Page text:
BOISE, Idaho — This story originally appeared in The Idaho Press.
The Idaho Senate voted 26-9 on Thursday night to pass a bill aimed at restricting minors’ access to materials deemed harmful in public libraries and in schools.
The House previously voted 40-30 to pass HB 314, which requires libraries to take “reasonable steps” to restrict those under 18 from accessing materials deemed harmful and includes a civil penalty. House members on Friday morning concurred with a slight amendment on the bill that adds a reference to the state's Tort Claims Act, after another lengthy debate on the bill.
Sen. Cindy Carlson, R-Riggins, sponsored the bill in the Senate. She said through working with the library association, they couldn’t come to an agreement on the enforcement mechanism.
The Idaho Library Association testified in strong opposition to the bill in committee hearings.
“It is our job to protect the children,” Carlson said. “If we don’t, then who will?”
The bill defines “harmful to minors” as any performance, description or representation of “nudity, sexual conduct, sexual excitement, or sado-masochistic abuse” when it “appeals to the prurient interest” and has sexual depictions which “are patently offensive to prevailing standards in the adult community with respect to what is suitable material for minors.”
Senate Minority Leader Melissa Wintrow, D-Boise, objected to the fact that the bill included in its definition of “sexual conduct” any act of homosexuality.
“None of the things that we have described today are in libraries, there’s no pornography," Wintrow said. "This is about the word homosexual in the sexual conduct definition, and the people that are trying to ban books that have LGBTQ themes in them."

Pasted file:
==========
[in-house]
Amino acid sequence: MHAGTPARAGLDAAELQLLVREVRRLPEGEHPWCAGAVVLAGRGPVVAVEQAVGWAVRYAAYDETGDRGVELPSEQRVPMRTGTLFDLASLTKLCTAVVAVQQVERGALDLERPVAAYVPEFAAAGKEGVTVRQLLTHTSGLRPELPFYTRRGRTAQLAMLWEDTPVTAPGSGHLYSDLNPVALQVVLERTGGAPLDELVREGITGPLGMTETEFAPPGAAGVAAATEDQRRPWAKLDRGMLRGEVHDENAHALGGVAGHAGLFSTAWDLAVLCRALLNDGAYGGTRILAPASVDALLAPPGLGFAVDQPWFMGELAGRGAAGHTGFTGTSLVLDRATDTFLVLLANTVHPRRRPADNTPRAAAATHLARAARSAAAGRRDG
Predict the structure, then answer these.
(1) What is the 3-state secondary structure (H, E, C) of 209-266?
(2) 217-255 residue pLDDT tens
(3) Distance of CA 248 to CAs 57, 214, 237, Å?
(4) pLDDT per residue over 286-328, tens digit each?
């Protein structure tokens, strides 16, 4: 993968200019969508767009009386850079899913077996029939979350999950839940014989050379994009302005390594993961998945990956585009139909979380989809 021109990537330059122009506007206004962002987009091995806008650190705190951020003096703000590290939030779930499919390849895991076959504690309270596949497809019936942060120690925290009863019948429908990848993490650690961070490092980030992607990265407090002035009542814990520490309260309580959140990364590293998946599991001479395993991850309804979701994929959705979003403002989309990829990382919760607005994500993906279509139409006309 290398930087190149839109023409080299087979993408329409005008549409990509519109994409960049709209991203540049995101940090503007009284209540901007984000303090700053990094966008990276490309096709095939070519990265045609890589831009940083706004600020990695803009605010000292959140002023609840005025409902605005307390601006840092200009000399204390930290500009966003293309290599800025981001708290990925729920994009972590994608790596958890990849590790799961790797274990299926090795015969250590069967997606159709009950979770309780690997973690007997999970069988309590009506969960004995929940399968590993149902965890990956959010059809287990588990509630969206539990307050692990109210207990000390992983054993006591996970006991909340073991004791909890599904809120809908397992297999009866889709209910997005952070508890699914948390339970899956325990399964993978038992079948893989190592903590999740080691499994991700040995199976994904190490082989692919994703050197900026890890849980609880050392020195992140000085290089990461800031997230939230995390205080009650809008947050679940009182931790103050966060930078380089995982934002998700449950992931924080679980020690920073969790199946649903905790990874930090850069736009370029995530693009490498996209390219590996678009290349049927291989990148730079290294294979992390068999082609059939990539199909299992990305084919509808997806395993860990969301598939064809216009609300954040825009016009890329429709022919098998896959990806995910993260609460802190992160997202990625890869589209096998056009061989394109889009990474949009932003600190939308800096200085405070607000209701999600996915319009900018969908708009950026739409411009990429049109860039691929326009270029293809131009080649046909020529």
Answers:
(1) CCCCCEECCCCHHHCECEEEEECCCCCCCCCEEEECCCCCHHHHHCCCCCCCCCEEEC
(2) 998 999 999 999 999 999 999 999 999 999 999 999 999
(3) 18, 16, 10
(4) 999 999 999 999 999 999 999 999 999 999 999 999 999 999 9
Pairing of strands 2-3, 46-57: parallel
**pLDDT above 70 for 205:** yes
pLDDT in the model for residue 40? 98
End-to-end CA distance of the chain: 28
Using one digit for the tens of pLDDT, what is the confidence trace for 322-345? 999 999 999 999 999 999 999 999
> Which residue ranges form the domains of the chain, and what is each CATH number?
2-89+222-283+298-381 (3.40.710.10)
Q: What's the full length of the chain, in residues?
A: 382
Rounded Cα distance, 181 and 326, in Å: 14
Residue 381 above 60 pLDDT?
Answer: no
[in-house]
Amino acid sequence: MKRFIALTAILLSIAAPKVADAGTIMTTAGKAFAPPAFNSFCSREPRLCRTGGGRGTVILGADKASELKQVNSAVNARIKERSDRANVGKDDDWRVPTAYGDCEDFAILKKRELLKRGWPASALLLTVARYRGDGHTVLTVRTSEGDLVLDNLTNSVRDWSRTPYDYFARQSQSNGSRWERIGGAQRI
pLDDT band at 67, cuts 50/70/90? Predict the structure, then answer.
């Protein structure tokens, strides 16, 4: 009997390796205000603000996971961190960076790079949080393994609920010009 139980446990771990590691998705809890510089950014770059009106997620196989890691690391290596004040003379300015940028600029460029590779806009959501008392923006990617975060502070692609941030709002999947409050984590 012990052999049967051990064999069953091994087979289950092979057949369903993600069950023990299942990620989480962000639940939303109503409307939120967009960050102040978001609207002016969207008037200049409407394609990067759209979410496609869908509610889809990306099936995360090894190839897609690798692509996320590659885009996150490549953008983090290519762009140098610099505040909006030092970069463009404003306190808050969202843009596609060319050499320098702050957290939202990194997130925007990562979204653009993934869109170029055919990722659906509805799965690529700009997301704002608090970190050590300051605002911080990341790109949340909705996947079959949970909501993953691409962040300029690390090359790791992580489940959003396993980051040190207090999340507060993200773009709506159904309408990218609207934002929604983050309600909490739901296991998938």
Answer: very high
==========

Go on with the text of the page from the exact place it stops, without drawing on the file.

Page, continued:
The Meridian Library District recently released a list of books that citizens have requested to be removed or banned, and many featured LGBTQ characters, the Idaho Press previously reported. Ada County commissioners denied a bid to dissolve the library district.
Under the bill, library boards or school districts could be sued for up to $2,500 if a minor obtained harmful materials and the library or school didn’t take “reasonable steps” to restrict access.
Sen. Geoff Schroeder, R-Mountain Home, said he supported the intentions behind the bill but opposed the civil cause of action that allows a minor exposed to such material or their parents or legal guardians to sue institutions for $2,500, as well as actual damages and “any other relief to prevent the defendant school or public library from violating” the requirements the bill.
“My whole beef with this bill is the enforcement mechanism,” Schroeder said. "There exists a way to enforce this; a county prosecutor can bring injunctive relief against existing obscenity law.”
Sen. Ben Toews, R-Coeur d'Alene, said he felt like the opponents of the bill downplayed the seriousness of it. He said his child in a library recently found a book that he found inappropriate, and his family has decided they don't feel as safe there.
“I really think that our libraries should be a safe place of our families,” Toews said.
Sen. Tammy Nichols, R-Middleton, said the current obscenity laws have a “loophole” that needed to be closed; the obscenity laws currently exempt public libraries, schools and museums.
“If our libraries were handing out drugs, we would have a big problem with that,” Nichols said. “... pornography is a lot like drugs, it does the exact same thing to the brain as what drugs do.”
The bill will head to the governor for consideration. It faced a bumpy path over the session; a previous version of the bill had been killed by the House Education Committee in early March. It later went through the House State Affairs Committee, chaired by the sponsor’s brother.
It passed the House after a lengthy debate, as previously reported.
Last year, the House passed HB 666, which would have criminalized librarians who gave minors harmful materials. That bill died in the Senate.
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